In the present study, we exploited RT-PCR and Western blot analysis as well as immunocytochemistry to investigate tissue-specific expression of V-H+-ATPase in the leaves and roots of the woody plant B. papyrifera in response to NaCl stress. In addition, the hydrolytic activities of V-H+-ATPase and V-H+-PPase were determined by spectrophotometric analysis, and proton pumping activity of V-H+-ATPase was assayed by monitoring the quenching of ACMA fluorescence. Moreover, vacuolar pH was examined using the fluorescent pH probe BCECF AM by laser scanning confocal microscopy.

Materials and Methods

Plant material and growth conditions

In vitro regenerated B. papyrifera rooting plantlets of uniform size were grown in plastic pots filled with 500 ml of 1/2MS solutions. All experiments were conducted under controlled conditions (light/dark cycle of 16/8 h at 25±2°C, illumination of 2000 Lx). Salinity treatments were initiated by adding NaCl to 1/2MS solution to achieve final concentrations of 50 mM, 100 mM or 150 mM. The nutrient solution was changed every other day. The roots and leaves were harvested five days after NaCl exposure. Unstressed plants grown in parallel served as the control and were harvested at the same time.

Preparation of vacuolar membrane vesicles

Tonoplast-enriched vesicles were isolated according to the method of Giannini and Briskin [24] with some modifications. Fresh leaves or roots were homogenized in homogenization buffer (70 mM Tris/HCl, pH 8.0, 250 mM sucrose, 2 mM EDTA, 2 mM ATP-Na2, 1% BSA, 0.5% PVP-40, 4 mM DTE, 10% glycerol, 250 mM KCl) containing protease inhibitor cocktail (Roche, Indianapolis, IN, USA). The homogenate was centrifuged at 13,000 g at 4°C for 15 min, and the supernatant was then centrifuged at 80,000 g for 30 min in a Beckman 70Ti rotor. The membrane pellet was resuspended in 4 ml suspension buffer (2 mM BTP/Mes, pH 7.0, 250 mM sucrose, 0.2% BSA, 10% glycerol, 1 mM DTE) and layered over a 25/38% (w/w) discontinuous sucrose density gradient. After centrifuging at 100,000 g for 2 h in a Beckman Optima L-80XP ultracentrifuge with an SW 41Ti rotor, the vacuolar membrane vesicles were removed from the 8/25% interface and stored at −80°C. The membrane protein concentration was assayed by the method of Lowry et al [25], and bovine serum albumin was used as the protein standard.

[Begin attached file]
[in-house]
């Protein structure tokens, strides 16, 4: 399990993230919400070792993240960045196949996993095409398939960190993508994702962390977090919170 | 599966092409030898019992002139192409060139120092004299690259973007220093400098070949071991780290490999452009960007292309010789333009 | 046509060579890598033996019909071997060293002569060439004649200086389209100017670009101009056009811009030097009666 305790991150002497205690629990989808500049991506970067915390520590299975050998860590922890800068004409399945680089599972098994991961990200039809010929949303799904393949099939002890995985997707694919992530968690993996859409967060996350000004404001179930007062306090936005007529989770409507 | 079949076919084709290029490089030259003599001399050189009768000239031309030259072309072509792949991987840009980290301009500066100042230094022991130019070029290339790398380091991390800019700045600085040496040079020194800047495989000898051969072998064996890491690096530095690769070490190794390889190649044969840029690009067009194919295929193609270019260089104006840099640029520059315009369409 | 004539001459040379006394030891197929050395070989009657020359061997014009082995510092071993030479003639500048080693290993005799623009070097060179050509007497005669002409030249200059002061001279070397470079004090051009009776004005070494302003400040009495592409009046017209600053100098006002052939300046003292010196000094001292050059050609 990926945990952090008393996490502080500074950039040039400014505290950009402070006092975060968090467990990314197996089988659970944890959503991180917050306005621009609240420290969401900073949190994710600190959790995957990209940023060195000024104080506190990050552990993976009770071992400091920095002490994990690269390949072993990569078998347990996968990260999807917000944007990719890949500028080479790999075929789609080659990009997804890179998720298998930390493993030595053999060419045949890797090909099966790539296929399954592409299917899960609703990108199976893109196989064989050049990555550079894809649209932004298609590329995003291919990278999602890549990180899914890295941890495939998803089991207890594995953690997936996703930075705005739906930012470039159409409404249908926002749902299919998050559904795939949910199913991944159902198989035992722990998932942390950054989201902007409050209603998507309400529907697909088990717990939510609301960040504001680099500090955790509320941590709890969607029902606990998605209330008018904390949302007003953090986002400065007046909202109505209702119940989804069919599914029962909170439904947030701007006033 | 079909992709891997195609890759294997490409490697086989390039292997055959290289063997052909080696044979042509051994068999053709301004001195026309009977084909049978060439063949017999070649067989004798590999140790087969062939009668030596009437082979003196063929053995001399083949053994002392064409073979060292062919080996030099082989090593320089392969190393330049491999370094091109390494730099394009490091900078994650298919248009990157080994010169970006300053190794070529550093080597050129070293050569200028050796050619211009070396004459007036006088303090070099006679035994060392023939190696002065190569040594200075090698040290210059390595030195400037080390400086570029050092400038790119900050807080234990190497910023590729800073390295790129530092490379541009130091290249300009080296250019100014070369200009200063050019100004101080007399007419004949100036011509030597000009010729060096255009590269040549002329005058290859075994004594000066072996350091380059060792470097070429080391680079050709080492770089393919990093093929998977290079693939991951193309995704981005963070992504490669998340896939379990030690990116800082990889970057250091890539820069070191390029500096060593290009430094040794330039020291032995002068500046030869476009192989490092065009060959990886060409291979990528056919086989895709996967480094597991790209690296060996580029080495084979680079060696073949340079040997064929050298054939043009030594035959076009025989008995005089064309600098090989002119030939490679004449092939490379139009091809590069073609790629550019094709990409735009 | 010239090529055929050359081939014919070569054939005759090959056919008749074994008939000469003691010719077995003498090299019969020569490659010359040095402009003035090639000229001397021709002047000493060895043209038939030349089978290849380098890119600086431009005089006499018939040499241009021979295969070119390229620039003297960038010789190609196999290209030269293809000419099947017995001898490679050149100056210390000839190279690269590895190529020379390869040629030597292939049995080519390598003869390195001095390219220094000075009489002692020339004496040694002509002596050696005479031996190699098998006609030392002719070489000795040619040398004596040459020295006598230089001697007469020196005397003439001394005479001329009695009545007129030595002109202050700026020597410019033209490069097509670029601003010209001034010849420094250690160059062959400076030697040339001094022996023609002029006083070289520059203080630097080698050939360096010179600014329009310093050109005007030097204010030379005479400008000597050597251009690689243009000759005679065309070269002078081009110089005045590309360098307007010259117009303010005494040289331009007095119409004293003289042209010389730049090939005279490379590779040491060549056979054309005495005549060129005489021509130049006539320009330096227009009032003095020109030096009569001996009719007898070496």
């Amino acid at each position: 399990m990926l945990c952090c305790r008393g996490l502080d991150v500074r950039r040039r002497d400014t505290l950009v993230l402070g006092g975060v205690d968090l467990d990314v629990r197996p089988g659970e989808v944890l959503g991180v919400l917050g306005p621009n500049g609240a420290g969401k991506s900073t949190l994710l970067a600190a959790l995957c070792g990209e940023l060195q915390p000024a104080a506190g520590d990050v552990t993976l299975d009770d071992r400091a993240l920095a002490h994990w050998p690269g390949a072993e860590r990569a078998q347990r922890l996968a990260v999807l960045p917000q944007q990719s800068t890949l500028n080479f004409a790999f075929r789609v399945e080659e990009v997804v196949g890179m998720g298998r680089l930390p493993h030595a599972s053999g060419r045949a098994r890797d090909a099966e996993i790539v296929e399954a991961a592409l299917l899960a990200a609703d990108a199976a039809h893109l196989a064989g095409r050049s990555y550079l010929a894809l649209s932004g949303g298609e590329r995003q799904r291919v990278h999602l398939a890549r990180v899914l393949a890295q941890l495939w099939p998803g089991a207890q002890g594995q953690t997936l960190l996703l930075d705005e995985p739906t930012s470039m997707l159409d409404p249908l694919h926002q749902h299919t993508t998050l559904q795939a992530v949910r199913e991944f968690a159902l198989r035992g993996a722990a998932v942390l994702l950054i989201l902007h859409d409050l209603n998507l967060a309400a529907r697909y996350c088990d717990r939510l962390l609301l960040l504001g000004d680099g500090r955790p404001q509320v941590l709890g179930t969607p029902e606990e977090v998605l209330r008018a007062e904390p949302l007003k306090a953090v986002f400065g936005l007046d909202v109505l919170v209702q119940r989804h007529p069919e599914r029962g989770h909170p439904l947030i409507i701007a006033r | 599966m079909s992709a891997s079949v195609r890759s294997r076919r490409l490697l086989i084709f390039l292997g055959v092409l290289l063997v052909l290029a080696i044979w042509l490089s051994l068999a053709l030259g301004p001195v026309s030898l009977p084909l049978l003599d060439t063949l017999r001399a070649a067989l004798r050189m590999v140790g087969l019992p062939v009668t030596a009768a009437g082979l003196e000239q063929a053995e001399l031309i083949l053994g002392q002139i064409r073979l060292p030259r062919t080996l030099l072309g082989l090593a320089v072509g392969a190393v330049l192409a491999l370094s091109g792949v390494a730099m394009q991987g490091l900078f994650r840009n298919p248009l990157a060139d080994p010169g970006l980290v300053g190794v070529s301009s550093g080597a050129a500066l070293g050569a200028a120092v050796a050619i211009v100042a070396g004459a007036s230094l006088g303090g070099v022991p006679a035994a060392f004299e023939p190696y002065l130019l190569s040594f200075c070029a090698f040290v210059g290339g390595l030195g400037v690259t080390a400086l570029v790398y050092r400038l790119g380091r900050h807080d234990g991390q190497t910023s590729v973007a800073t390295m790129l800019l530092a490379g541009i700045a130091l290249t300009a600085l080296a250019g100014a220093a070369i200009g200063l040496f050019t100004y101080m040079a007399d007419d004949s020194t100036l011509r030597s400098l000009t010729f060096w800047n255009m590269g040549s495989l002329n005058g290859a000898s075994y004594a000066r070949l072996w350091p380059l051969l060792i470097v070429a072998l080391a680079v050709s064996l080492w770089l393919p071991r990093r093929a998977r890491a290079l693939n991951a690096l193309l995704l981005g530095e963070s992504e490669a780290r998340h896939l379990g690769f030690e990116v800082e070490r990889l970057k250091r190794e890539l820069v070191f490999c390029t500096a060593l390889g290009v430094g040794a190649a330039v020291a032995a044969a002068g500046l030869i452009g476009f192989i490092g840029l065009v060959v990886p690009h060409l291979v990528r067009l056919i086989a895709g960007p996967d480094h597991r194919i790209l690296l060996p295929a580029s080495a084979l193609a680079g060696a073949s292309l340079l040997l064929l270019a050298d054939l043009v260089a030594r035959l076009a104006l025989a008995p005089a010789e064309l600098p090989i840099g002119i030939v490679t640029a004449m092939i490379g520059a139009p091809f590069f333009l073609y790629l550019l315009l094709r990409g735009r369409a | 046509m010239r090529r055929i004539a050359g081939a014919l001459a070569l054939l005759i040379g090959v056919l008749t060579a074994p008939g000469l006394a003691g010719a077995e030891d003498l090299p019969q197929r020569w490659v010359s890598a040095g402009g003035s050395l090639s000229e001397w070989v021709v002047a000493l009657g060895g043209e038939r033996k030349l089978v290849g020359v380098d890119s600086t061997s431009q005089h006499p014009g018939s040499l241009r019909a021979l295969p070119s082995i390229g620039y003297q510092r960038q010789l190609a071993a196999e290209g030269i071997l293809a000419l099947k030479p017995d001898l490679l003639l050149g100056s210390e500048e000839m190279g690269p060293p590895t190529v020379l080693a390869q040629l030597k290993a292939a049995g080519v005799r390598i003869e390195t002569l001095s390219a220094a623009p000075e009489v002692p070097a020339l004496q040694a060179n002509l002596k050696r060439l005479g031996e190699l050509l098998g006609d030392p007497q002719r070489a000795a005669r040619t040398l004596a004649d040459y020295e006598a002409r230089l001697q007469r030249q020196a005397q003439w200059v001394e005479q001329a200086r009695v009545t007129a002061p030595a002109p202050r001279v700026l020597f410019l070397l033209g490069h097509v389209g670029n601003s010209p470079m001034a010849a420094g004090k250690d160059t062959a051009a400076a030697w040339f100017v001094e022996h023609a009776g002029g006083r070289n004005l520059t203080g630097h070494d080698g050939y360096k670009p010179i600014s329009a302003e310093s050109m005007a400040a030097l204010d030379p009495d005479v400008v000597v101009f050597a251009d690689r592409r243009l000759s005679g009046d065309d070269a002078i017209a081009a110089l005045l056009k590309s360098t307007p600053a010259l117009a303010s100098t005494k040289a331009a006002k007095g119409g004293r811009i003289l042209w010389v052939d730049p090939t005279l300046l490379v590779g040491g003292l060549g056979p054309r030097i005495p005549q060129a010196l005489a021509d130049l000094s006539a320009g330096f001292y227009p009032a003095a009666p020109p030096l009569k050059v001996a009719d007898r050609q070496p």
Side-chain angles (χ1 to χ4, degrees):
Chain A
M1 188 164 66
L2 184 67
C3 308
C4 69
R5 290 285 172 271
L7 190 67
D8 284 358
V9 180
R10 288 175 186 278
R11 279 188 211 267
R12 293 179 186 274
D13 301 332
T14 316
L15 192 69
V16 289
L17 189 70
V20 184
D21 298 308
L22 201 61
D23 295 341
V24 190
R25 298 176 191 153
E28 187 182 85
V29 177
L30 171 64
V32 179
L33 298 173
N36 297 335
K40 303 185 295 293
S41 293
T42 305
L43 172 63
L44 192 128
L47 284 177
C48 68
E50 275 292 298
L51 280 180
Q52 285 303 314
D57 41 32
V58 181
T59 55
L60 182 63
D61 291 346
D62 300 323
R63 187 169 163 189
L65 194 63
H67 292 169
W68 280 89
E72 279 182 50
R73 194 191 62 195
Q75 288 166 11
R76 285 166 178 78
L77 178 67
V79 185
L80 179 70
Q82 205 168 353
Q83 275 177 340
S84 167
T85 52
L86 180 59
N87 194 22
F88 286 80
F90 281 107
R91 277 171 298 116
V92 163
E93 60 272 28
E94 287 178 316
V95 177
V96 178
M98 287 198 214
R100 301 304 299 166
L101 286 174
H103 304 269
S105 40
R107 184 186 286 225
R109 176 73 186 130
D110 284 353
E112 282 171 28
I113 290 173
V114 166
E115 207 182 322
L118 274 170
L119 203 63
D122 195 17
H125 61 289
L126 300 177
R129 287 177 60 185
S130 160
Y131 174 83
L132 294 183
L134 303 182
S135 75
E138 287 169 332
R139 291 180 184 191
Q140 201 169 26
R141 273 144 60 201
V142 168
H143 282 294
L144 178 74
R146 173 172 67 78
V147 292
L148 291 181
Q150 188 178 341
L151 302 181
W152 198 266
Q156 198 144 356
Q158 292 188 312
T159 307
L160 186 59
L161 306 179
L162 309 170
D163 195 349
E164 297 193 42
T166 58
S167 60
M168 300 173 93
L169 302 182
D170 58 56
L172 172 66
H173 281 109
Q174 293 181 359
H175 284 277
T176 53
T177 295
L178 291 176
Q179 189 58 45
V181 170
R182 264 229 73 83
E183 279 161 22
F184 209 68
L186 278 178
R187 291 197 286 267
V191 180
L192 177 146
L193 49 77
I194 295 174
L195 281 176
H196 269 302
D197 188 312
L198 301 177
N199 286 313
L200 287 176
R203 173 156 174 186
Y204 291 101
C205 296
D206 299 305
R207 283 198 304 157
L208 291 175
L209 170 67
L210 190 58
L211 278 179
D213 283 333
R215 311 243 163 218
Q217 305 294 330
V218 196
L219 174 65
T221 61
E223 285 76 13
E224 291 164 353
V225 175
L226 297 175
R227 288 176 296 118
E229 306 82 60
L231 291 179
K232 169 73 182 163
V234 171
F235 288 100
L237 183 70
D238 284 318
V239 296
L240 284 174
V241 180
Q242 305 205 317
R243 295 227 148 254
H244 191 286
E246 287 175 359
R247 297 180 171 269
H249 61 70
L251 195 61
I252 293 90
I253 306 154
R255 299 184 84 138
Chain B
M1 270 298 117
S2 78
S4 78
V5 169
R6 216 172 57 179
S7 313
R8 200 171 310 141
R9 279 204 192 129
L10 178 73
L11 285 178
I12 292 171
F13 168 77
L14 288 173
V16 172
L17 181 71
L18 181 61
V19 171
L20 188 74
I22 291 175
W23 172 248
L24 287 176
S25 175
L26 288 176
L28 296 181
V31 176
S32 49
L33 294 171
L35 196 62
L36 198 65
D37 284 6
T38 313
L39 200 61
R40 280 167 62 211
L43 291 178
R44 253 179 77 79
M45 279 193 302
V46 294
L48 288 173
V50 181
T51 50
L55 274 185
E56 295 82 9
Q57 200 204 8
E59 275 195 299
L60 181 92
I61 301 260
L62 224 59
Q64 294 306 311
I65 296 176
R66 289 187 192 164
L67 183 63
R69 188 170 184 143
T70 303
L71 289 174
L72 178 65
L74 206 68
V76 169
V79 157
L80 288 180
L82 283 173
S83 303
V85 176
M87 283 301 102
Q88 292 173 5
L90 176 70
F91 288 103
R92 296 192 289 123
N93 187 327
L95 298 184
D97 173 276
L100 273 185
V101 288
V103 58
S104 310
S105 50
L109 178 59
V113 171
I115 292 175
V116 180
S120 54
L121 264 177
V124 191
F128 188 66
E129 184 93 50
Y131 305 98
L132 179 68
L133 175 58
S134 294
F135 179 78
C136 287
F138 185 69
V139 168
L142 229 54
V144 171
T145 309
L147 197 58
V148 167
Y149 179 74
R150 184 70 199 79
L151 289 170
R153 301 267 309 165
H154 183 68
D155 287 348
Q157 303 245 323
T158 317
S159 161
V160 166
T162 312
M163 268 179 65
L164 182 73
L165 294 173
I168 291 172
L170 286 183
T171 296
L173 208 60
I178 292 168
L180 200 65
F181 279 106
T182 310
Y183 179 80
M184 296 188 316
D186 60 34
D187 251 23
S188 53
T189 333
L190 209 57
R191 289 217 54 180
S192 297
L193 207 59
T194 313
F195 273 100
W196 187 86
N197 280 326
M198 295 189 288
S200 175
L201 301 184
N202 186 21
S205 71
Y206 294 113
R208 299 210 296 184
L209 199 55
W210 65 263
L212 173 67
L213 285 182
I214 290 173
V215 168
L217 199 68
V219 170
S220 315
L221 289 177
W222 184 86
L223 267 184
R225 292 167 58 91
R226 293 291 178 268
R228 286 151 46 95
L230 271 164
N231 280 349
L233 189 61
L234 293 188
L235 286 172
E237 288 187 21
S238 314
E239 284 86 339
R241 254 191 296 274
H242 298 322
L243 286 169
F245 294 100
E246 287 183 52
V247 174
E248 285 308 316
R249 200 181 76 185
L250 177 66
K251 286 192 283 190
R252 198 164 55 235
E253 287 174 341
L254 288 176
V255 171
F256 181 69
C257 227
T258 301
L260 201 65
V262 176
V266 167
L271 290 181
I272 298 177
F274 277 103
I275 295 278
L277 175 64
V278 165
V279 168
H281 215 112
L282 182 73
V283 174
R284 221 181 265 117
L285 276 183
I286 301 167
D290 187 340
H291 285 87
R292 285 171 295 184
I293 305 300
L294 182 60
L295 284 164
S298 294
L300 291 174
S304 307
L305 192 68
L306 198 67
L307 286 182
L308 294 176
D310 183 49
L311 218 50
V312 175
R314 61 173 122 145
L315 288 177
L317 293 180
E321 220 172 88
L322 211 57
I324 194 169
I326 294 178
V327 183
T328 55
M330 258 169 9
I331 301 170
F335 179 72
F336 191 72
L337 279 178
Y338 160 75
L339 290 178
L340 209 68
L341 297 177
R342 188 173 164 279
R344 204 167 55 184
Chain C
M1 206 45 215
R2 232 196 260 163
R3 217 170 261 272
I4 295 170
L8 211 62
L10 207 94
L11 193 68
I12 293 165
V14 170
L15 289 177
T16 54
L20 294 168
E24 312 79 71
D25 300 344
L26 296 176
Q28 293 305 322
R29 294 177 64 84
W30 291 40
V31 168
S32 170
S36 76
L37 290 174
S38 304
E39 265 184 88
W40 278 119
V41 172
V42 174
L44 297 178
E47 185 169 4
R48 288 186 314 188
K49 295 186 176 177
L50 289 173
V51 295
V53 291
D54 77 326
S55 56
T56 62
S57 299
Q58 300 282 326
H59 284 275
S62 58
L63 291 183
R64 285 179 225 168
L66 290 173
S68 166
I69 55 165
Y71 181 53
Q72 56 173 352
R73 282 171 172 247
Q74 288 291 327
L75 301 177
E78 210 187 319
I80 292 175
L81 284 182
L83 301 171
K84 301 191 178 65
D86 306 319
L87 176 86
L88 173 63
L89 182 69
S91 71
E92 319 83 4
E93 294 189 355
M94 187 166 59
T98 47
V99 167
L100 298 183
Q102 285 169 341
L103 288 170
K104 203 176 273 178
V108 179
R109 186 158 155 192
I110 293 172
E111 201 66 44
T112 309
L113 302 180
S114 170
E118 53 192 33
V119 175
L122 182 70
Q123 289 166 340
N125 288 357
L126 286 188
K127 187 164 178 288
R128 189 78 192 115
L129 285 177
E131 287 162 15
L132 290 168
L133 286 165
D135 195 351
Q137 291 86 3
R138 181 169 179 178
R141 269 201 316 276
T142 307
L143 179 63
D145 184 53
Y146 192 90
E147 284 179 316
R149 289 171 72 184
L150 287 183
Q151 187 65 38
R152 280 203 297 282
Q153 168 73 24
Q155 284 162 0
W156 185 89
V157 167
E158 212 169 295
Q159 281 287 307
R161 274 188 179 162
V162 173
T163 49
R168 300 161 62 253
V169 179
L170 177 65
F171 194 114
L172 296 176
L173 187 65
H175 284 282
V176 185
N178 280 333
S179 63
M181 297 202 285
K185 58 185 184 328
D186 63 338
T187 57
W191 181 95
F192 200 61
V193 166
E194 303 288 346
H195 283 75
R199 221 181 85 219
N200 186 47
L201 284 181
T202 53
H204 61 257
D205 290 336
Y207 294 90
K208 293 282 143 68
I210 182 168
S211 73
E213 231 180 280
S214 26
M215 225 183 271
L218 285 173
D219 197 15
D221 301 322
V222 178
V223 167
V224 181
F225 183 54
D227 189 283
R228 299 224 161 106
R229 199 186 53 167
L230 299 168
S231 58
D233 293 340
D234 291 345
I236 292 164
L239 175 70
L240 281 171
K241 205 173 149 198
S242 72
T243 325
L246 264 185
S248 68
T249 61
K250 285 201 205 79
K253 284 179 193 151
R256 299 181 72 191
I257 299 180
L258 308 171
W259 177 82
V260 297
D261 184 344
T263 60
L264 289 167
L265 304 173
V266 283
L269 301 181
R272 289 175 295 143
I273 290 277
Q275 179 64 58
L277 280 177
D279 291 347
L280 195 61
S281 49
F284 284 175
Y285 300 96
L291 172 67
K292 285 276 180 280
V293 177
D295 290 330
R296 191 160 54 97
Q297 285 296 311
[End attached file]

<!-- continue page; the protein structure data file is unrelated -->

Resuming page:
Assay of V-H+-ATPase and V-H+-PPase hydrolytic activities

The hydrolytic activities of V-H+-ATPase and V-H+-PPase were determined by measuring the amount of inorganic phosphate released [26]. The reaction was initiated by adding 20 µg of vacuolar membrane protein into the reaction buffer. For V-H+-ATPase, the reaction medium contained 25 mM Tris-Mes (pH 7.0), 4 mM MgSO4·7H2O, 50 mM KCl, 1 mM NaN3, 0.1 mM Na2MoO4, 0.1% Brij 35, 500 μM NaVO4, and 2 mM ATP-Na2, whereas the reaction medium for V-H+-PPase consisted of 25 mM Tris-Mes (pH 7.5), 2 mM MgSO4 H2O, 0.1 mM Na2MoO4, 0.1% Brij 58, and 0.2 mM K4P2O7. The reaction mixture was incubated at 28°C for 40 min, and then terminated by the addition of 3% TCA. Inorganic phosphate was assayed according to Ames [27]. For the determination of V-H+-ATPase activity, Pi release was measured in the presence and absence of 100 nM concanamycin A (specific inhibitor of V-H+-ATPase) and the difference between these two activities was attributed to V-H+-ATPase activity. And K+-dependent H+-PPase activity was calculated as the difference in activity in the presence and absence of 50 mM KCl. The enzymatic activities are presented in µmol Pi·mg−1protein·h−1.

Proton pumping assay

The proton pumping activity of the isolated tonoplast vesicles was measured spectrophotometrically by monitoring the quenching of ACMA (9-amino-6-chloro-2-methoxyacridine) fluorescence as described previously with minor modification [28]. The assay buffer contained 10 mM Mes-Tris (pH 7.5), 250 mM sorbitol, 50 mM KCl, 3 mM ATP, 50 μM NaVO4, 1 mM NaN3 and 2 µM ACMA. The reaction was initiated by adding 3.5 mM MgSO4, and fluorescence quenching (415 nm excitation and 485 nm emission) was measured in a Hitachi 850 fluorescence spectrometer at 22 °C. Proton pumping activity was expressed as % quench mg−1 protein min−1.


Total RNA was extracted from fresh roots and leaves using TRIzol reagent (Invitrogen, Carlsbad, California, USA) according to the manufacturer's instructions. cDNA was synthesized with the GoScript™ Reverse Transcription System (Promega, Madison, Wisconsin) following the manufacturer's protocol. The resulting cDNA was then used as template for the PCR reaction. PCR cycling was performed with an ABI 2720 thermocycler (Applied Biosystems). The PCR program was as follows [17]: predenaturation at 94°C for 1.5 min and then a total of 25 cycles of denaturation at 94°C for 1 min, annealing at 55°C for 1 min and extension at 72°C for 2 min, followed by one cycle of final extension at 72°C for 10 min. PCR products were run on 1% agarose gels and stained with ethidium bromide. Primers used for the PCR reactions are shown in Table 1.

Table 1
Nucleotide sequence of the primers used in this study.

Western blot analysis